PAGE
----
This is a project by Patkau Architects + Croft Pelletier Architectes + Menkes Shooner Dagenais Letourneux Architectes and it is located at Montreal, Quebec, Canada. It was submitted to Architecture News Plus (ANP) by Patkau Architects. Project's program: Public library. There are thirty five images for Grande Bibliothèque.
The Grande Bibliothèque du Québec, the winning entry in an international design competition, consolidates a number of collections dispersed throughout the province to create a resource library for the region as well as a central public library for the city of Montreal. Four hundred thousand square feet in size, the building contains four major components: a general library, a children's library, the collection Québécoise (historic documents pertaining to Quebec), and an assortment of public spaces outside the library control zone. The building is located in Montreal’s Latin Quarter, between boulevard de Maisonneuve and rue Ontario, diagonally opposite the green space of place du Quartier. Below grade, the library is joined to a major intersection in the Montreal metro system.
The street and the subway system are separate but equally important public spaces. The project knits these spaces together to engage the energies of each.
Typically, the security issues associated with libraries dictate a single entry, but a sole point of access tends to have a deadening effect on surrounding public spaces. In the Grande Bibliothèque, city and subway pedestrian routes are connected at street level and at metro level, and the building has multiple public entrances to intersect with the capillaries of the city.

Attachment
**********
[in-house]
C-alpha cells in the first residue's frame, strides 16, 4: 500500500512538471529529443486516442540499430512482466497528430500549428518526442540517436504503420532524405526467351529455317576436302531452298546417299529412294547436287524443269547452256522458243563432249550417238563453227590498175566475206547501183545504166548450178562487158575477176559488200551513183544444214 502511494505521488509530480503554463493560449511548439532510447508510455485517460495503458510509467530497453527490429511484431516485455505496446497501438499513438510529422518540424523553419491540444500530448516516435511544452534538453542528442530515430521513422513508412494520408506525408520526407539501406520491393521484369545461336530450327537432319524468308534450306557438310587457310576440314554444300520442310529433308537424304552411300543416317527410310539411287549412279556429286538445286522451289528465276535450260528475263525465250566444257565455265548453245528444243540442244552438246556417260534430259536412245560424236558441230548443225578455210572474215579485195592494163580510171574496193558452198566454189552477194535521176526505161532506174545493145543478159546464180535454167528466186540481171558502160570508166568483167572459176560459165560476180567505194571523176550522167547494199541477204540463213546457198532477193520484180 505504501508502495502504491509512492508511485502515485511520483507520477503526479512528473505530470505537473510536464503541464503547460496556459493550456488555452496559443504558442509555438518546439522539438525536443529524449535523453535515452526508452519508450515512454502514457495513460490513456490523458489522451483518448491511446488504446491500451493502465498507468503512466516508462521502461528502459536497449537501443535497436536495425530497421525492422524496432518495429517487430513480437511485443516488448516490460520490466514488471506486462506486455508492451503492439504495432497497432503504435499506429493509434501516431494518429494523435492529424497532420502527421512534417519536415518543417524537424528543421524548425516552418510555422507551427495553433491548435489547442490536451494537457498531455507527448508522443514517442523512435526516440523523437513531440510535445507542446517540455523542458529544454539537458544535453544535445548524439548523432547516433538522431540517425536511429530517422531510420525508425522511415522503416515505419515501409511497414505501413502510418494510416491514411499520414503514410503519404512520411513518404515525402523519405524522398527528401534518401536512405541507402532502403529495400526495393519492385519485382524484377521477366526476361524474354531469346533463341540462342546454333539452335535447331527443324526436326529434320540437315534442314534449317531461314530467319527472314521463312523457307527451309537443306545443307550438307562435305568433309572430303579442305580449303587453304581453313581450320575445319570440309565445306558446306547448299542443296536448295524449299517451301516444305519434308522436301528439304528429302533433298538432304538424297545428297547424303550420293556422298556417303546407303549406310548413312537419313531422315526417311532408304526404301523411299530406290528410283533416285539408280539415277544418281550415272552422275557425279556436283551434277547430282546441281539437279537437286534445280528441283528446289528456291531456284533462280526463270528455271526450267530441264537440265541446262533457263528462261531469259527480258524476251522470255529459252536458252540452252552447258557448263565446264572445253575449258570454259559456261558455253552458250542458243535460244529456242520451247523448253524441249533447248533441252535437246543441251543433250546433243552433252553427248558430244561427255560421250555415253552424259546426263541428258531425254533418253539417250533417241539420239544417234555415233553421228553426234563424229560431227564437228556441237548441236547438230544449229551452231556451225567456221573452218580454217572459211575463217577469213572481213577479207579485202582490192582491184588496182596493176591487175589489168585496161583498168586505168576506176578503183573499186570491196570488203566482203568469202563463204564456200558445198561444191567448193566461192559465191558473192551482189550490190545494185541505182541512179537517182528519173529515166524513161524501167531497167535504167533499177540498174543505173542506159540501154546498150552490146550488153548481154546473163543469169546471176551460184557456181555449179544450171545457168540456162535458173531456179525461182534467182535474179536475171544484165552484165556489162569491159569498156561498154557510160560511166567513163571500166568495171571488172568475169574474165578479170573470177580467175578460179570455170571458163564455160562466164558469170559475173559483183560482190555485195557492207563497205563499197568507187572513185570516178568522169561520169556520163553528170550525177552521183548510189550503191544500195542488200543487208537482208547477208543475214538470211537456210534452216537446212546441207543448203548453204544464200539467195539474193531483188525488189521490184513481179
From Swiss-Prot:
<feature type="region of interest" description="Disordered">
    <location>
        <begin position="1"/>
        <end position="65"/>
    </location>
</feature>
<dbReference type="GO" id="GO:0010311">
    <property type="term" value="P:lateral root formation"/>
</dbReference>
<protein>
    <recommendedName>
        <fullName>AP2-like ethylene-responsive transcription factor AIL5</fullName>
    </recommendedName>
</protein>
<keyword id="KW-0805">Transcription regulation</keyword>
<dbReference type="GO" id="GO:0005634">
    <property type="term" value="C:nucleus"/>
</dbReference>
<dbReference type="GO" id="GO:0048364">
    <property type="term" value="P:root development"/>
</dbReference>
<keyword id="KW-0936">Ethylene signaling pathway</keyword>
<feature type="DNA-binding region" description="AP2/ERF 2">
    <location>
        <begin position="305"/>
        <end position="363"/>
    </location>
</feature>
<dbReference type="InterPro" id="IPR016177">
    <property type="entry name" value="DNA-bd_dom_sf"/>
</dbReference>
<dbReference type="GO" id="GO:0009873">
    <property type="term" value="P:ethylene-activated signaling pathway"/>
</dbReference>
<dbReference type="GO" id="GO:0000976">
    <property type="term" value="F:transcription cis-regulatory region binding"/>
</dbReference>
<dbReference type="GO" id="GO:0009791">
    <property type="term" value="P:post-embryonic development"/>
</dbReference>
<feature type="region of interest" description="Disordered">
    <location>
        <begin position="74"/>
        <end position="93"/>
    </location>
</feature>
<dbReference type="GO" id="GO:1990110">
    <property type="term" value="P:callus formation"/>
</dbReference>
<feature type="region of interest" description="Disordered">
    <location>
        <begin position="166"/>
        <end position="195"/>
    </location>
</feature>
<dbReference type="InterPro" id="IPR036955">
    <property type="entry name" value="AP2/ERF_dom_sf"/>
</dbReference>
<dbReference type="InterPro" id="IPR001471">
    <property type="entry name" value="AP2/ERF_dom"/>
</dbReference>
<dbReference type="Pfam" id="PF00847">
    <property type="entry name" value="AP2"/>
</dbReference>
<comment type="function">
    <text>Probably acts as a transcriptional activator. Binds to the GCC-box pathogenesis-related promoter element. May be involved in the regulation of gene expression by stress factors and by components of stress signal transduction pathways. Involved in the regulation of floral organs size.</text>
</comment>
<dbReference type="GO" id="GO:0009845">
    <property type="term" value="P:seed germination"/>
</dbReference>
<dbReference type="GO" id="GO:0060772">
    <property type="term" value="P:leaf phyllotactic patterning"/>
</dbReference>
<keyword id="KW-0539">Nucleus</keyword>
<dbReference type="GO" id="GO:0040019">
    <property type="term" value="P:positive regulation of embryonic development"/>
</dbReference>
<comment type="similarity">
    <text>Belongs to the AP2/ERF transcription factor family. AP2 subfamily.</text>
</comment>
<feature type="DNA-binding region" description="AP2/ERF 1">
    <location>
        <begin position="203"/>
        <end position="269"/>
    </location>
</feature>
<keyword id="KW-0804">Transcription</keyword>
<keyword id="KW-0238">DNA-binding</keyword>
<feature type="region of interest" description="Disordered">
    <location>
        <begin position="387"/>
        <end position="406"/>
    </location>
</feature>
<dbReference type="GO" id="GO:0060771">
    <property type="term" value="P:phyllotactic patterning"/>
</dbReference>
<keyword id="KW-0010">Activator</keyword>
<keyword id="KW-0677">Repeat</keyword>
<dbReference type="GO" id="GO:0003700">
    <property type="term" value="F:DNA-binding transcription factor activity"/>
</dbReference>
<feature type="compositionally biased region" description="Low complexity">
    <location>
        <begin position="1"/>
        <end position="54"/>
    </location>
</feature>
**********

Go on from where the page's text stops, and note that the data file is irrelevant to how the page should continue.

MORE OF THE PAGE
The street and metro levels of the library form an expanded ground plane with public facilities on both levels. Library spaces that do not require library control—exhibition space, auditorium, conference center and meeting rooms, catering services, gift shop, public lobby, and café—are located along pedestrian routes to foster a broader public engagement. As part of a larger strategy of urban revitalization, avenue Savoie, a narrow lane on the west side of the building, is lined with bouquinistes (very small second-hand bookshops) and display vitrines.
Visual continuity and unexpected adjacencies encourage serendipitous connections. A sunken court provides daylight to below-grade spaces and links the street and metro levels at a significant scale. The public space of the city and the public space of the library activate and support each other, energizing and enriching the idea of a new cultural space in Montreal.
The two major library collections, the general library and the collection Québécoise, are housed above the lower floors within large-scale wooden containers. Each is characterized by a specific relationship to associated reading spaces. In the general library, the collection is centrally located, with reading spaces at its edges that have access to views and daylight. In the collection Québécoise, it is reading spaces that are in the center, in a grand toplit room formed by the collection that lines its perimeter.
Linking the wood-clad collections to the expanded ground plane is a promenade that first rises from the primary library control point to the entrance of the collection Québécoise then continues upward to circumnavigate the general library through a series of reading rooms. Views of the city unfold as the route ascends. Complementing the promenade is an efficient central system of elevators and stairs.
A glass and copper building envelope represents the library as a whole. Opaque in some places, diaphanous in others, the façade offers enticing glimpses of the library to the city.